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Agent misled us over contract terms

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367 views 2 replies latest reply: 14 September 2015
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Tenant

When we served our two months’ notice to our current letting agent (as we had done previously with the same agent for a different property), they sent us two letters, one confirming our check-out date, and another asking if we’d like to renew our tenancy when the contract ends. Being that this is obviously contridictory, we emailed to ask for confirmation that our tenancy would end on the check-out date and that we would not be liable for rent after that date. The agent replied to say the second letter was just sent automatically, and we would not be liable for rent after the check out.

A few weeks passed, we put the deposit down on a new property and booked the movers, when they informed us that we do not have a break clause and we would in fact be liable for rent up to the end of the tenancy agreement (another month and a half). Now I know that we have a resposibility to know our own contract and should check ourselves for the terms of rent liability, but is it not reasonable to assume an assurance from the agent in response to a direct question about our liability would be a true reflection of our contract? Where do we stand legally? Is a contract 100% binding, even if the agent gives assurances that contradict the terms of the contract?

Had we not been assured that our rent liability would end when we check out, we’d not have spent money on a new place. The cost of two rents will put us into debt. Is there potential in this case to pursue the agent through the courts to reimburse us the money spent due to negligence on their part?

Thanks in advance for any advice.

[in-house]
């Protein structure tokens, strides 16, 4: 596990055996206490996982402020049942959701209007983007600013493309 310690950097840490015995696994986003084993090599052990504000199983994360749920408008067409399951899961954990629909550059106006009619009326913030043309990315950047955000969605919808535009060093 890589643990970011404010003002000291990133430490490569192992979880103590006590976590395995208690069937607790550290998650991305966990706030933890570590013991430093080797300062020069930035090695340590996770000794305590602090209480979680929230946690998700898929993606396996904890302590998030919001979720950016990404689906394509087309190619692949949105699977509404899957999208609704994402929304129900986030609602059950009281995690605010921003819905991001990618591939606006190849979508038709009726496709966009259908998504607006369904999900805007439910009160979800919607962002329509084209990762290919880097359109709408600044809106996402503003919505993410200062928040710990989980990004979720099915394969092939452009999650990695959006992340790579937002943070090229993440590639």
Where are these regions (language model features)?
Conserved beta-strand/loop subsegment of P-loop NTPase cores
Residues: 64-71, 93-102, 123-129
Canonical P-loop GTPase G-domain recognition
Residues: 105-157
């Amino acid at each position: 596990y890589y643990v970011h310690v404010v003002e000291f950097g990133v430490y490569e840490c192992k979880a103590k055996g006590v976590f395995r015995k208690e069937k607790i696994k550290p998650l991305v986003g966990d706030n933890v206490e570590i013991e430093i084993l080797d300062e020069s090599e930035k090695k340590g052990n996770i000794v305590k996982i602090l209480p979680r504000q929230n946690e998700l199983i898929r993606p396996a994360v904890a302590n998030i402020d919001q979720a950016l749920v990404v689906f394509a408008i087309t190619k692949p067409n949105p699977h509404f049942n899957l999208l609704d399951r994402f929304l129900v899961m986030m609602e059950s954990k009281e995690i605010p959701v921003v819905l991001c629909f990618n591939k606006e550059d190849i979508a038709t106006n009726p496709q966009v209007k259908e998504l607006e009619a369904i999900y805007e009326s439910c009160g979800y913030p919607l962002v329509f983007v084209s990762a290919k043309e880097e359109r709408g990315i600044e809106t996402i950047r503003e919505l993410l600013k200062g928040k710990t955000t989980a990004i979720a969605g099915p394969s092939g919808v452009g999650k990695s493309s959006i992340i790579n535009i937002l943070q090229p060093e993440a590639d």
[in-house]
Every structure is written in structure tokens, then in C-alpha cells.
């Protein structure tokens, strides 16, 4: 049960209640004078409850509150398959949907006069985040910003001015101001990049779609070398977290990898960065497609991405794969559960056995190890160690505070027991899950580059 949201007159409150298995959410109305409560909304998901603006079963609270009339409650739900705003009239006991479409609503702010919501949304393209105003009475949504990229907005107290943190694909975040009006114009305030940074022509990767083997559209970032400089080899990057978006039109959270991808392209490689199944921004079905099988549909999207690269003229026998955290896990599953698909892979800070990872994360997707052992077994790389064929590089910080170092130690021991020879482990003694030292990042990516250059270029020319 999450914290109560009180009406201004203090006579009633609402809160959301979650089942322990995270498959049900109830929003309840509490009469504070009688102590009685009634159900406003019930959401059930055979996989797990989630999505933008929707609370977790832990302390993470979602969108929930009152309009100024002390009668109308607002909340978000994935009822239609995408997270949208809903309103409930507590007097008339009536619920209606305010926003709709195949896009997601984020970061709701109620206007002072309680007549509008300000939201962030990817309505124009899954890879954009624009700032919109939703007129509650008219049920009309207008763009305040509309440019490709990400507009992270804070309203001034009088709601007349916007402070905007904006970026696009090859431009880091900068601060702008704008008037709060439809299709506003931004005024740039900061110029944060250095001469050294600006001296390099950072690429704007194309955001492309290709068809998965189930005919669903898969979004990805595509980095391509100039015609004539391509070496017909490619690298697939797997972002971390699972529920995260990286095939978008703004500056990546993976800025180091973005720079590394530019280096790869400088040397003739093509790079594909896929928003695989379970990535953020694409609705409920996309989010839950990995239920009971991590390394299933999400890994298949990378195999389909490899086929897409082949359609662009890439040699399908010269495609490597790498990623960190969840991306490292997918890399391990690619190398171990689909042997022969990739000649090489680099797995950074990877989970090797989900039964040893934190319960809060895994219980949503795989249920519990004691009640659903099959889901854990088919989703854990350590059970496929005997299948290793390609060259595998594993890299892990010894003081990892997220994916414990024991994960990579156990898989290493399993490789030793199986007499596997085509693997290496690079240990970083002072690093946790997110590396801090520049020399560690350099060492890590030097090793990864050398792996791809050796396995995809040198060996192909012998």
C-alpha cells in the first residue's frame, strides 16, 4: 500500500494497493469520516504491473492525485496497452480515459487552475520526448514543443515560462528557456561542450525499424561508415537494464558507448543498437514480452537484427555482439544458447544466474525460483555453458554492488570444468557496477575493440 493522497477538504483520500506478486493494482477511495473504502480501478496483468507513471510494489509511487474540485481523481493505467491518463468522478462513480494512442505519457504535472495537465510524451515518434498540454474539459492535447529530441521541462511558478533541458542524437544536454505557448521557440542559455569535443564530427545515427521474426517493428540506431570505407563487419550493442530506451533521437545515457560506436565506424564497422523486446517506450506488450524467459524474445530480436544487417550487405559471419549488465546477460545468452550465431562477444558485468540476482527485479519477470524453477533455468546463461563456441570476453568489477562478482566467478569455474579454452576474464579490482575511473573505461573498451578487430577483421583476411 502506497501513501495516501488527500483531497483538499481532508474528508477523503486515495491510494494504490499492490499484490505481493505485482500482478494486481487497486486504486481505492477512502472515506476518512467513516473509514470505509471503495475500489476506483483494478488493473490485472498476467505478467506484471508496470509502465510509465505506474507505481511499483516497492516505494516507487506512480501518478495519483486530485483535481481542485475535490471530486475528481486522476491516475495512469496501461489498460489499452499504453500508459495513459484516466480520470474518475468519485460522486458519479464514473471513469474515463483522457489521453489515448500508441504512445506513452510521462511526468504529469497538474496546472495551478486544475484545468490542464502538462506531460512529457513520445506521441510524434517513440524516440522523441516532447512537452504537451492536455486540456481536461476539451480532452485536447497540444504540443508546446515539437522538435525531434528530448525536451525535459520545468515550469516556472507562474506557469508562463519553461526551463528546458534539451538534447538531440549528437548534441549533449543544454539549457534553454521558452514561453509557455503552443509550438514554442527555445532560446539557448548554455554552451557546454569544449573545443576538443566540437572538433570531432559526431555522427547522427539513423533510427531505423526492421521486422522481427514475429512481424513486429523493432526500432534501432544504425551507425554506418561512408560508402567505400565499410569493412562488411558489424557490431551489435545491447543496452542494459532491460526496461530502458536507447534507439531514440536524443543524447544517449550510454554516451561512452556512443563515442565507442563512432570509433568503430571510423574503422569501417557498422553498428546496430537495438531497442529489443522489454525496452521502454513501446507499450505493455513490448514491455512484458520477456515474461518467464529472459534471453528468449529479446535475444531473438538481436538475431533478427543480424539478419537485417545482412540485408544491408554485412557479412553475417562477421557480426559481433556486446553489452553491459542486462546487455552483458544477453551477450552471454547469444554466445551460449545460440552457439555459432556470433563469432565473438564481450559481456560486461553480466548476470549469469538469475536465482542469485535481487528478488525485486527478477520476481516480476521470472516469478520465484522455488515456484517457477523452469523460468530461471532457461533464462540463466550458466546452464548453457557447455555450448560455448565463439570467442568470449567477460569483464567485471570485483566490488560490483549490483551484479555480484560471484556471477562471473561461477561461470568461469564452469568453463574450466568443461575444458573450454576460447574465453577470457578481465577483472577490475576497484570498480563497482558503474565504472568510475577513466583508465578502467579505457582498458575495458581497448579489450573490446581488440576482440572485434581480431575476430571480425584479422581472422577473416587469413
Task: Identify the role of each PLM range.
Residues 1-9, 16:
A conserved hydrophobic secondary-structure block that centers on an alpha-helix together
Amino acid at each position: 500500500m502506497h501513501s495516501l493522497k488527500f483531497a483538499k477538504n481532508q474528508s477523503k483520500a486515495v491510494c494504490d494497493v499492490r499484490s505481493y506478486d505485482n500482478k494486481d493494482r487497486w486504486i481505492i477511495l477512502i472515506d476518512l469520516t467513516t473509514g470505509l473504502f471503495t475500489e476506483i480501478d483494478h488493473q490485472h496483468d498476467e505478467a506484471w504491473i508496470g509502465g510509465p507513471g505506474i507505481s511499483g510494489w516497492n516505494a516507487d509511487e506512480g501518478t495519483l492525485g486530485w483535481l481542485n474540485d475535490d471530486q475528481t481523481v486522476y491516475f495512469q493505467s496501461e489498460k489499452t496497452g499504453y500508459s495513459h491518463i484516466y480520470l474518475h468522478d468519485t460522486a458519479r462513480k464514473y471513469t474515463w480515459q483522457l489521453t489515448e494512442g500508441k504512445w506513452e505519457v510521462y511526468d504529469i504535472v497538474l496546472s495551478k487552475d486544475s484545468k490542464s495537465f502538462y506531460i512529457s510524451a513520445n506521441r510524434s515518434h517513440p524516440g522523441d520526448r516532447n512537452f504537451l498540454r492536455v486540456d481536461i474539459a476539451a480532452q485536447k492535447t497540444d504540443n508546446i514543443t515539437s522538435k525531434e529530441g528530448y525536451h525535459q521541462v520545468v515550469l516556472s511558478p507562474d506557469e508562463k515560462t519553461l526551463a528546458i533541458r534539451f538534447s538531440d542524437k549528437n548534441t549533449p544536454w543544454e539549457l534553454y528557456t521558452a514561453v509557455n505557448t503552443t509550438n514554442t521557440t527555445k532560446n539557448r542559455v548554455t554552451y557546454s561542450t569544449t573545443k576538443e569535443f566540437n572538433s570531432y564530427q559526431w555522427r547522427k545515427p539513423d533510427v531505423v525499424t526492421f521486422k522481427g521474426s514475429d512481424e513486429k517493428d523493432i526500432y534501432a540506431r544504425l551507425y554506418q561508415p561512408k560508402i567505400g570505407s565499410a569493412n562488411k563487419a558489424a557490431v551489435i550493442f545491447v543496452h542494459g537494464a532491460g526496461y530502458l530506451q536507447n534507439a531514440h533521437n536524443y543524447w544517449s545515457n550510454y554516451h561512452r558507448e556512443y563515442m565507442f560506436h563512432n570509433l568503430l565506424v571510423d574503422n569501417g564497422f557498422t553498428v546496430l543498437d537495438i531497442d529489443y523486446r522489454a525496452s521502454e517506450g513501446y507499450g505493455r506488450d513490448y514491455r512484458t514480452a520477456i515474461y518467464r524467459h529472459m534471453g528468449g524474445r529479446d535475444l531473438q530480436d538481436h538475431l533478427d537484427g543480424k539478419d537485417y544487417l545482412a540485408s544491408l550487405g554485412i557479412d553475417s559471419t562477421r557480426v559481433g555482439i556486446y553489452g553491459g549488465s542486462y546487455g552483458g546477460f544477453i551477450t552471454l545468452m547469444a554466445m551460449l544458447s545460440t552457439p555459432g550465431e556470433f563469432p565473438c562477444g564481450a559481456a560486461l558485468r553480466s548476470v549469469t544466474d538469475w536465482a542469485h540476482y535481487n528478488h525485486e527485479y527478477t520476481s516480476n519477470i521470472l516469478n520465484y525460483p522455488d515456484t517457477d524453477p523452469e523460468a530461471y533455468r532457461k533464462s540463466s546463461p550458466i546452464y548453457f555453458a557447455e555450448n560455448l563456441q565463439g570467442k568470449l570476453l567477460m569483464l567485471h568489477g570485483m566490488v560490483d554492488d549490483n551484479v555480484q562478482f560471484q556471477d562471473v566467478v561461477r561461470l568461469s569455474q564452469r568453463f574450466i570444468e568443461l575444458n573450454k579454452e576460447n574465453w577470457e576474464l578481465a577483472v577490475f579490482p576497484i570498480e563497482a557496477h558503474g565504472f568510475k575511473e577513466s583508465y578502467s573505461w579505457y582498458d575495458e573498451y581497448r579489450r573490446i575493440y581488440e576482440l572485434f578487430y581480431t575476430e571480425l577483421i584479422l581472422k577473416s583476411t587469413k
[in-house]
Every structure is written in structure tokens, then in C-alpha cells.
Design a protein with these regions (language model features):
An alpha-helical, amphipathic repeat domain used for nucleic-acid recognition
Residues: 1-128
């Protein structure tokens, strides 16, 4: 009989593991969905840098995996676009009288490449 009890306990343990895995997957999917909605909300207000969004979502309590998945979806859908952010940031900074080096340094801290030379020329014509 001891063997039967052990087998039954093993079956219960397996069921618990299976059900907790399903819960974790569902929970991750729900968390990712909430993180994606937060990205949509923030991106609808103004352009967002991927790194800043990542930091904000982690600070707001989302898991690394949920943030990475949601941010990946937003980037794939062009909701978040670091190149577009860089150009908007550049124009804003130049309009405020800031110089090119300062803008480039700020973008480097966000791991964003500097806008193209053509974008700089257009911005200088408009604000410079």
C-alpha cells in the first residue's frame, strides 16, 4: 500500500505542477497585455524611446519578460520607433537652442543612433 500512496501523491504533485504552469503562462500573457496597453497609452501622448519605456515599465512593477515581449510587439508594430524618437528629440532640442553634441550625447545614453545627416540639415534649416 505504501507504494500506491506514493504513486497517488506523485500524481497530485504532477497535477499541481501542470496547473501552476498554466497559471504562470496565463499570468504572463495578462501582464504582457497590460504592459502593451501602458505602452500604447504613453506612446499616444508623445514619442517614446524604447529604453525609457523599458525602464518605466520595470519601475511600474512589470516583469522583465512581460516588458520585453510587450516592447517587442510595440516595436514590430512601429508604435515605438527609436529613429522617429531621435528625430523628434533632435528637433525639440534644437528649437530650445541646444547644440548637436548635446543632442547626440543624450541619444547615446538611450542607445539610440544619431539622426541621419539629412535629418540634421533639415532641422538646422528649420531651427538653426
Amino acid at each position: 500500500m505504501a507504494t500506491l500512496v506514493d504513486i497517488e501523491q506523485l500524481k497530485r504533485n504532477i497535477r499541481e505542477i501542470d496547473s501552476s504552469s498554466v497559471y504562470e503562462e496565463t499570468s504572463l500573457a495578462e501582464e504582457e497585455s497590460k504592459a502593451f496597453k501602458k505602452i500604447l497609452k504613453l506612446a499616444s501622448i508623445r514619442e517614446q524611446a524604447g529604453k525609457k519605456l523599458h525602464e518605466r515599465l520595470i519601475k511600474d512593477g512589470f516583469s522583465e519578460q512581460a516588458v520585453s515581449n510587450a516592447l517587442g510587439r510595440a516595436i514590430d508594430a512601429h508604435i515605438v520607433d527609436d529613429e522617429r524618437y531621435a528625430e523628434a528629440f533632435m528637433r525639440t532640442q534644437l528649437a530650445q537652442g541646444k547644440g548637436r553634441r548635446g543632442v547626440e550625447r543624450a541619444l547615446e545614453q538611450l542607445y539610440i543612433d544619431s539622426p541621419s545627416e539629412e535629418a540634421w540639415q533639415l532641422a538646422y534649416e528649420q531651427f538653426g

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Tenant

The terms of any contract are binding between the parties to that contract.  Changes made to the contract must be by mutual consent of the parties. The agent does not have privity of contract so he cannot make changes to the contract either verbally or in the written form.  Your contract stands as written.

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Administrator

Hi Stephen

Yes, it is up to you to know the tenancy agreement but it’s also up to the landlord (and the agent who is acting on the landlord’s behalf) to also know the tenancy agreement. If you have all this in writing then you have a good case for suggesting that a surrender of the tenancy has taken place – i.e. where the landlord agrees to you leaving on a date earlier than the end of the tenancy. This is a mistake the agent has made so they are bound to try and object but I would have thought that sending you a check out date was pretty definitive. I’m not a lawyer so it might be worth checking this with Citizens Advice or a Law Centre.

If they threaten to deduct anything from your deposit remember you can raise a dispute with the deposit protection scheme that has your deposit and they -not the landlord or agent – will decide whether it’s fair to make you pay it.

Alex

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